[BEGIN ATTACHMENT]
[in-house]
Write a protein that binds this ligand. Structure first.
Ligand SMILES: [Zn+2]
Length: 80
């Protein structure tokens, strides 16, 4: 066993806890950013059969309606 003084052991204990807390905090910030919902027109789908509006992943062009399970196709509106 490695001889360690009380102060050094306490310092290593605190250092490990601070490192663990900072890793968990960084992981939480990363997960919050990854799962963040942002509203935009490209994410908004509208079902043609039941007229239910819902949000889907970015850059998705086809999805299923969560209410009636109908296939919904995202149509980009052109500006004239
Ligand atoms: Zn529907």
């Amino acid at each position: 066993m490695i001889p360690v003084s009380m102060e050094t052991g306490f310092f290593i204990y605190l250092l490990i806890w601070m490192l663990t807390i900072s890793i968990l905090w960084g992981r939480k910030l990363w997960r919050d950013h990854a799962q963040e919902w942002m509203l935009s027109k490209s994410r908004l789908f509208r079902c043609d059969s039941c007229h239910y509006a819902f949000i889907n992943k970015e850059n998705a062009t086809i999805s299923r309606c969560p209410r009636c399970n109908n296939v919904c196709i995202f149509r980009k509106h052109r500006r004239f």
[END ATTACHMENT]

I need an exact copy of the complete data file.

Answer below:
[in-house]
Write a protein that binds this ligand. Structure first.
Ligand SMILES: [Zn+2]
Length: 80
């Protein structure tokens, strides 16, 4: 066993806890950013059969309606 003084052991204990807390905090910030919902027109789908509006992943062009399970196709509106 490695001889360690009380102060050094306490310092290593605190250092490990601070490192663990900072890793968990960084992981939480990363997960919050990854799962963040942002509203935009490209994410908004509208079902043609039941007229239910819902949000889907970015850059998705086809999805299923969560209410009636109908296939919904995202149509980009052109500006004239
Ligand atoms: Zn529907």
């Amino acid at each position: 066993m490695i001889p360690v003084s009380m102060e050094t052991g306490f310092f290593i204990y605190l250092l490990i806890w601070m490192l663990t807390i900072s890793i968990l905090w960084g992981r939480k910030l990363w997960r919050d950013h990854a799962q963040e919902w942002m509203l935009s027109k490209s994410r908004l789908f509208r079902c043609d059969s039941c007229h239910y509006a819902f949000i889907n992943k970015e850059n998705a062009t086809i999805s299923r309606c969560p209410r009636c399970n109908n296939v919904c196709i995202f149509r980009k509106h052109r500006r004239f």